Utica has a number of art institutes, auditoriums, and public parks.
Utica has cold and snowy winters with temperatures reaching 10 degrees fahrenheit, which provides the perfect conditions for one of its most popular events: the annual Snowfari Winter Festival that features many winter recreational and competitive sports.
One of the most popular events that Utica holds is Saranac Thursday, held every Thursday from May through September. The event is held downtown and features live music and street vendors.
|A Face of UticaMukti, a local resident of Utica, tells about his journey from working on a farm in Bhutan to becoming an academic coach in the Utica school district. Mukti was born and raised in Bhutan. He and his family owned and operated their own farm. His father worked for the transportation department managing road construction. He was also a Hindu priest, performing ceremonies and rituals for the community.
When Mukti was twenty years old, the Bhutanese government began prosecuting people based on their religion and dialect. The government would put people in jail, seize properties, and even murder those that were believed to be Nepalese. They believed that Mukti and his family were from Nepal: “My father was jailed twice. After the second time he was warned that if he stayed he would be killed.” It was after his father’s second jailing in 1990 that Mukti and his family decided to flee to a refugee camp in Nepal.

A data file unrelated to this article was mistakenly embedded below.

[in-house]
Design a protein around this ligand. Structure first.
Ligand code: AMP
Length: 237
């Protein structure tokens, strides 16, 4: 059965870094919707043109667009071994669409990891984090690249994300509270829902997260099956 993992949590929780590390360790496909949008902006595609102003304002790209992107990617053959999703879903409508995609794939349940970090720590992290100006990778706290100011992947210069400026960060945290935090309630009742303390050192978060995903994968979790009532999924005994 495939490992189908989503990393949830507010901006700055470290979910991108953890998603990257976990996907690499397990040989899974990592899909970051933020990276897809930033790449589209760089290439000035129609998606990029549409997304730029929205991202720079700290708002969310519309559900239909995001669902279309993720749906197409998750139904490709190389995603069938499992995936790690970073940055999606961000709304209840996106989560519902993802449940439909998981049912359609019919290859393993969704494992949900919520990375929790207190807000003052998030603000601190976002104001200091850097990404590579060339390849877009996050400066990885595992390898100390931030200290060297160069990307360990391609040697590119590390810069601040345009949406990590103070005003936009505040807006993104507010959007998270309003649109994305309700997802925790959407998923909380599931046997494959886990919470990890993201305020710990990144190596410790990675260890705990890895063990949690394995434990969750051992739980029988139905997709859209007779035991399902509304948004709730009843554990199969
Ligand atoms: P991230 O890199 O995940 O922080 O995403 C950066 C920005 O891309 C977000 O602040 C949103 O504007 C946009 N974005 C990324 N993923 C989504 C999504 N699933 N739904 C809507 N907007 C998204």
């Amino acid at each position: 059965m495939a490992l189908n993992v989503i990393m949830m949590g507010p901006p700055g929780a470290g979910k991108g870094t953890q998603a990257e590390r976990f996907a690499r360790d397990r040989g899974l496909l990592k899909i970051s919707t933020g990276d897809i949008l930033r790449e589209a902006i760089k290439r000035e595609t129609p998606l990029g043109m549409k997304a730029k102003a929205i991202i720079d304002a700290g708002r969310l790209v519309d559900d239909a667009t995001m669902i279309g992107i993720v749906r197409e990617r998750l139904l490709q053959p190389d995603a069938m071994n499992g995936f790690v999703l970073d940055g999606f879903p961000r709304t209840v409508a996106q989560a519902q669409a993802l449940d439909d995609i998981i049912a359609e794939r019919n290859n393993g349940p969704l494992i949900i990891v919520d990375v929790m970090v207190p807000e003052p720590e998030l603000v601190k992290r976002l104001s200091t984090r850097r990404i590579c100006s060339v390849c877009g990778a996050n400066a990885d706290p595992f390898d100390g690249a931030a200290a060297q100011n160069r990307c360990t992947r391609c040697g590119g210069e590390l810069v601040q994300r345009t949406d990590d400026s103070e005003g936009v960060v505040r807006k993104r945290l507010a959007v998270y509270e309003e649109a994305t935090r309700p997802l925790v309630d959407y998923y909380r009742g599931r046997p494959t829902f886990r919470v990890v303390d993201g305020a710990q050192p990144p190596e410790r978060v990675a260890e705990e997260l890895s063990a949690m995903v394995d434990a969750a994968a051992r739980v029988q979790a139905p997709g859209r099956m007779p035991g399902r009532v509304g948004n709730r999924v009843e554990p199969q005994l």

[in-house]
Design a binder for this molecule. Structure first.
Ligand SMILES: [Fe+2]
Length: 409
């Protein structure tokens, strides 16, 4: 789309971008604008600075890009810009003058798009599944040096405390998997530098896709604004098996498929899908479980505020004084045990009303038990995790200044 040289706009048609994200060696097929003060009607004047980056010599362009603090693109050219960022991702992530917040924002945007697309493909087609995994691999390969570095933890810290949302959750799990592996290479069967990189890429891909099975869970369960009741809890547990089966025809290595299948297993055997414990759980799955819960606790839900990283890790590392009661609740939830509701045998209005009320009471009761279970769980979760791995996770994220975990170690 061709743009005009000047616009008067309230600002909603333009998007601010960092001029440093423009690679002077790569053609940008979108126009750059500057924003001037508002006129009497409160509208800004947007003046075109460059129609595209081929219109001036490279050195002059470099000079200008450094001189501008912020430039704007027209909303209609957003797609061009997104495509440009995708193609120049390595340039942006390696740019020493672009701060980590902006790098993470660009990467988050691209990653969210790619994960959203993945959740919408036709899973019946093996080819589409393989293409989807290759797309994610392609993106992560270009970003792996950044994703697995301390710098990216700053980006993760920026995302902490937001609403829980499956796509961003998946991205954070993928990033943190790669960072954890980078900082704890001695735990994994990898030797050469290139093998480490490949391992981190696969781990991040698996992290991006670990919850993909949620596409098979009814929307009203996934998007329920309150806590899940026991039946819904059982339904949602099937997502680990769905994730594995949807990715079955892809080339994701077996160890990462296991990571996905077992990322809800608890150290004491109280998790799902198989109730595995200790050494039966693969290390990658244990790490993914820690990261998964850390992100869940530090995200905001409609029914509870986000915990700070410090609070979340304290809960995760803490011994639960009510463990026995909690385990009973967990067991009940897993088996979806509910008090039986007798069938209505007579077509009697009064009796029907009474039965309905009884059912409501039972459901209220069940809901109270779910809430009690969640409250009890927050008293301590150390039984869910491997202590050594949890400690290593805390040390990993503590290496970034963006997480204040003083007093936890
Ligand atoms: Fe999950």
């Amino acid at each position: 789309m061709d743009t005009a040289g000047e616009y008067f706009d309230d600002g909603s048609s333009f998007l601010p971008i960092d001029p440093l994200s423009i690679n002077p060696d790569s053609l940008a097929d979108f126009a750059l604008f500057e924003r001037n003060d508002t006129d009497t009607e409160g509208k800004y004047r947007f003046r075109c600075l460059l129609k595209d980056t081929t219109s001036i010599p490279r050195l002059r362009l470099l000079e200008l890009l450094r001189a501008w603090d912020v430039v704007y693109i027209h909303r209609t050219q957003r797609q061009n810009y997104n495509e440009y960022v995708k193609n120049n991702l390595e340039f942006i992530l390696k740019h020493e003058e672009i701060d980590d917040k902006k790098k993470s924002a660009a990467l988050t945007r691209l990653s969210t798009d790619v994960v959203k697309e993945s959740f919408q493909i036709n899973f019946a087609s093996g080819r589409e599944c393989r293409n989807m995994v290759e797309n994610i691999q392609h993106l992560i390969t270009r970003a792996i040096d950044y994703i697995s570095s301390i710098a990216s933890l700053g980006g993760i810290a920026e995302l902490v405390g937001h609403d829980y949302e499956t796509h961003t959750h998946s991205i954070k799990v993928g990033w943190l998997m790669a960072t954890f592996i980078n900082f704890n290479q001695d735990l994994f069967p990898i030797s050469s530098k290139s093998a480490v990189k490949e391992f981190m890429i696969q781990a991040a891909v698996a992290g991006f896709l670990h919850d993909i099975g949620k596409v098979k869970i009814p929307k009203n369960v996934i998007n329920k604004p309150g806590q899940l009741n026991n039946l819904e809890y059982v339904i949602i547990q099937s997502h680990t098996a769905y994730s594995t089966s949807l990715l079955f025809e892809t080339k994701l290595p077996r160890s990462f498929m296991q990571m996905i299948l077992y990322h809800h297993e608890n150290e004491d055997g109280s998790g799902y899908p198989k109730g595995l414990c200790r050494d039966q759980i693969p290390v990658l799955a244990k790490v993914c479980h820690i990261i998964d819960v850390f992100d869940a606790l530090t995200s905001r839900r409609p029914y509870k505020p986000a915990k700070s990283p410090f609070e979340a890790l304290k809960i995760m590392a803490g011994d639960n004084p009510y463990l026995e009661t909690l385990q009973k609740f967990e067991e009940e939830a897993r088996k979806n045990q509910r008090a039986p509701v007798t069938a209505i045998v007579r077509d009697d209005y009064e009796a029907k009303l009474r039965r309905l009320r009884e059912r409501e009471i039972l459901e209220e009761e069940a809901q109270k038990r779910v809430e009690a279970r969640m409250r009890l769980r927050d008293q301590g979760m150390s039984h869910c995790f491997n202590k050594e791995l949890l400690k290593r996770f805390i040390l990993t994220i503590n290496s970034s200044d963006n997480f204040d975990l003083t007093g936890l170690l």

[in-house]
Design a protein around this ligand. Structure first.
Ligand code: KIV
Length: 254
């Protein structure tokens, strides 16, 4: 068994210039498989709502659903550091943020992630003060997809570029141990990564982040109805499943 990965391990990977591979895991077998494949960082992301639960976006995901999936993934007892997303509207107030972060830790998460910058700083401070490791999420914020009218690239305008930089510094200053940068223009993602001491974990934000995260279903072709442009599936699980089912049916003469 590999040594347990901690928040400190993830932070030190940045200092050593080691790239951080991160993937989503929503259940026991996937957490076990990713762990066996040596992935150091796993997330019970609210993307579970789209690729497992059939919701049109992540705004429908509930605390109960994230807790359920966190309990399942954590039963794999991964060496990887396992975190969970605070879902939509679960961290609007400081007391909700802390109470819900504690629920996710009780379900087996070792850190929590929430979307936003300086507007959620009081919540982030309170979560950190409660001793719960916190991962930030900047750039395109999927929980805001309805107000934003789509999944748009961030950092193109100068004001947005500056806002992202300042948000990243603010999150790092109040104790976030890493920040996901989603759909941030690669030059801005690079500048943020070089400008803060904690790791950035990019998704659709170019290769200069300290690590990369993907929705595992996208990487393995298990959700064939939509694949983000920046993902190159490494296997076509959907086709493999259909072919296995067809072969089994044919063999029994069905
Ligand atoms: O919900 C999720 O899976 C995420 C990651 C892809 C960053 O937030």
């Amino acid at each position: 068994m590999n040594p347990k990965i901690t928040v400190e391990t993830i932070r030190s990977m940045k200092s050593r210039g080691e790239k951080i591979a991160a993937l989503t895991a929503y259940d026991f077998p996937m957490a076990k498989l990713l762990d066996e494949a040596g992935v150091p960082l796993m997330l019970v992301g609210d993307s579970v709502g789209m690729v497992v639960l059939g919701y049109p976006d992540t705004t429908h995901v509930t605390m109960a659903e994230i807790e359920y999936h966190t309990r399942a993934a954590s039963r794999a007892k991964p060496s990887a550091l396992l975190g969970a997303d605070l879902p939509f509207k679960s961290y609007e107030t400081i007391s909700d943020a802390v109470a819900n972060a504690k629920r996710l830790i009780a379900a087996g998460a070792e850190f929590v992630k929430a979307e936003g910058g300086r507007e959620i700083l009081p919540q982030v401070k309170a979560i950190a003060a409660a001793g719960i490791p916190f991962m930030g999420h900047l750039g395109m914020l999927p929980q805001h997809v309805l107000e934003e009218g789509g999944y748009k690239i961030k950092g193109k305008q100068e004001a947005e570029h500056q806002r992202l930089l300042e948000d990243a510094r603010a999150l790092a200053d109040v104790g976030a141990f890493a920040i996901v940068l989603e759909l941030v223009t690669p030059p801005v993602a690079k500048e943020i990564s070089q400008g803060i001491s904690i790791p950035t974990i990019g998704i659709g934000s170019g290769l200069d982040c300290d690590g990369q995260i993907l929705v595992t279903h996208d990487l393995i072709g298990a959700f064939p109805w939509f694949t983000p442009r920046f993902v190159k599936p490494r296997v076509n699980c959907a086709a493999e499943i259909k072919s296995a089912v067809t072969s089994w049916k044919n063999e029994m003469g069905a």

The conditions of the camp were dismal. Mukti recalls the experience: “They placed us by the bank of the river for seven months with no food to eat. We had to find it ourselves.” Eventually, the Nepalese government recognized the poor conditions of the camp and worked with various organizations to provide services and necessities such as security, sanitation, rice, kerosine fuel, and roofing.
A flight was finally arranged for Mukti and his family in 2001. When they first arrived in Utica, they were very skeptical about the future: “We were worried that because we were Hindu people would not accept it like back in Bhutan.” This was hardly the case. Utica is renowned on a global level for its hospitality and success with refugee integration. With the help of social workers and english teachers, Mukti and his family were able to start a new life.
Naturally, there are still some difficulties for Mukti: “Most of the difficult things are governmental things like rules and laws. They are too strict sometimes, but we have to face it. Medical things are also difficult. It is hard to explain what we need.”
Since 2012, Mukti has been employed as a Nepali academic coach in the Utica public school district, helping Bhutanese children with their english and schoolwork. He loves what he does. In fact, his work is his favorite thing about Utica. With a strong, supportive community and a stable and meaningful job, Mukti has found Utica to be the perfect new home. He has fulfilled the “second chance” that Utica has provided.